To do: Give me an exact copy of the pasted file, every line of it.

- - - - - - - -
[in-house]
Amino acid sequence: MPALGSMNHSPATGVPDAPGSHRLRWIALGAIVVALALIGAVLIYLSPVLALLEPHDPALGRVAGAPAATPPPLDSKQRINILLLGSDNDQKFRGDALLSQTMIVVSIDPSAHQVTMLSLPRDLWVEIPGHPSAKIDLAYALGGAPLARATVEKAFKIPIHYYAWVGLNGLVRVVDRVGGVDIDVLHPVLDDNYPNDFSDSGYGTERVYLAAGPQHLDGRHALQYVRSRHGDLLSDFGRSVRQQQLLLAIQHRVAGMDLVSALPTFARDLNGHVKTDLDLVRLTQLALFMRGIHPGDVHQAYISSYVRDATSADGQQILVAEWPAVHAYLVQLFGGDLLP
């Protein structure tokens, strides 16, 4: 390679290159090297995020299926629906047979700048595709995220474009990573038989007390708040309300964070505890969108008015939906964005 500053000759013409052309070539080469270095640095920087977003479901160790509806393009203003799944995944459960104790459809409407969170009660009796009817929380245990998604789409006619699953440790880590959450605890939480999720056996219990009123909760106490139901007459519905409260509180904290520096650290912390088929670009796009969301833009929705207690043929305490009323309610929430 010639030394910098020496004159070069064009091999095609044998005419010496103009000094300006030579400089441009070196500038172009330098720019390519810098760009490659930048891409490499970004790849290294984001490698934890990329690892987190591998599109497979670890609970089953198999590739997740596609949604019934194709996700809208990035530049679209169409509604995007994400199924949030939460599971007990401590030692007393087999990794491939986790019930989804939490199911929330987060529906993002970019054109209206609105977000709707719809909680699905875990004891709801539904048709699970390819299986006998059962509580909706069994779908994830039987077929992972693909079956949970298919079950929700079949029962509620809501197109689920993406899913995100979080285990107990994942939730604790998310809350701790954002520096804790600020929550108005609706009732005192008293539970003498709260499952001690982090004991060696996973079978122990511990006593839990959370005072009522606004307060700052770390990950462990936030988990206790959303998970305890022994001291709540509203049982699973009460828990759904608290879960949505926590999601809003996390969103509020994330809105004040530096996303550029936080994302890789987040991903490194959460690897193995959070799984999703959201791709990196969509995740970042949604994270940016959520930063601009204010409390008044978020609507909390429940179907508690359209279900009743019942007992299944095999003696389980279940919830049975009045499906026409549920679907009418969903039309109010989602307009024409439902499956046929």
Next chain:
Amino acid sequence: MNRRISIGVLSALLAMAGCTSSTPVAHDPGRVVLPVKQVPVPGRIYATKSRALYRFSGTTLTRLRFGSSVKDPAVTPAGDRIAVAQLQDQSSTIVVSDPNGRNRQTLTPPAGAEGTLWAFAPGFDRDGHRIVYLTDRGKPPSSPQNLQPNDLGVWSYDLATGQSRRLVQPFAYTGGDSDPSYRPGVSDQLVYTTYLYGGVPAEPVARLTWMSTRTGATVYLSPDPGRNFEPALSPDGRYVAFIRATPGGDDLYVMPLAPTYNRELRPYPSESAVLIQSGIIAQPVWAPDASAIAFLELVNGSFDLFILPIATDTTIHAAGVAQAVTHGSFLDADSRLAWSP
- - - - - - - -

[in-house]
Amino acid sequence: MPALGSMNHSPATGVPDAPGSHRLRWIALGAIVVALALIGAVLIYLSPVLALLEPHDPALGRVAGAPAATPPPLDSKQRINILLLGSDNDQKFRGDALLSQTMIVVSIDPSAHQVTMLSLPRDLWVEIPGHPSAKIDLAYALGGAPLARATVEKAFKIPIHYYAWVGLNGLVRVVDRVGGVDIDVLHPVLDDNYPNDFSDSGYGTERVYLAAGPQHLDGRHALQYVRSRHGDLLSDFGRSVRQQQLLLAIQHRVAGMDLVSALPTFARDLNGHVKTDLDLVRLTQLALFMRGIHPGDVHQAYISSYVRDATSADGQQILVAEWPAVHAYLVQLFGGDLLP
């Protein structure tokens, strides 16, 4: 390679290159090297995020299926629906047979700048595709995220474009990573038989007390708040309300964070505890969108008015939906964005 500053000759013409052309070539080469270095640095920087977003479901160790509806393009203003799944995944459960104790459809409407969170009660009796009817929380245990998604789409006619699953440790880590959450605890939480999720056996219990009123909760106490139901007459519905409260509180904290520096650290912390088929670009796009969301833009929705207690043929305490009323309610929430 010639030394910098020496004159070069064009091999095609044998005419010496103009000094300006030579400089441009070196500038172009330098720019390519810098760009490659930048891409490499970004790849290294984001490698934890990329690892987190591998599109497979670890609970089953198999590739997740596609949604019934194709996700809208990035530049679209169409509604995007994400199924949030939460599971007990401590030692007393087999990794491939986790019930989804939490199911929330987060529906993002970019054109209206609105977000709707719809909680699905875990004891709801539904048709699970390819299986006998059962509580909706069994779908994830039987077929992972693909079956949970298919079950929700079949029962509620809501197109689920993406899913995100979080285990107990994942939730604790998310809350701790954002520096804790600020929550108005609706009732005192008293539970003498709260499952001690982090004991060696996973079978122990511990006593839990959370005072009522606004307060700052770390990950462990936030988990206790959303998970305890022994001291709540509203049982699973009460828990759904608290879960949505926590999601809003996390969103509020994330809105004040530096996303550029936080994302890789987040991903490194959460690897193995959070799984999703959201791709990196969509995740970042949604994270940016959520930063601009204010409390008044978020609507909390429940179907508690359209279900009743019942007992299944095999003696389980279940919830049975009045499906026409549920679907009418969903039309109010989602307009024409439902499956046929």
Next chain:
Amino acid sequence: MNRRISIGVLSALLAMAGCTSSTPVAHDPGRVVLPVKQVPVPGRIYATKSRALYRFSGTTLTRLRFGSSVKDPAVTPAGDRIAVAQLQDQSSTIVVSDPNGRNRQTLTPPAGAEGTLWAFAPGFDRDGHRIVYLTDRGKPPSSPQNLQPNDLGVWSYDLATGQSRRLVQPFAYTGGDSDPSYRPGVSDQLVYTTYLYGGVPAEPVARLTWMSTRTGATVYLSPDPGRNFEPALSPDGRYVAFIRATPGGDDLYVMPLAPTYNRELRPYPSESAVLIQSGIIAQPVWAPDASAIAFLELVNGSFDLFILPIATDTTIHAAGVAQAVTHGSFLDADSRLAWSP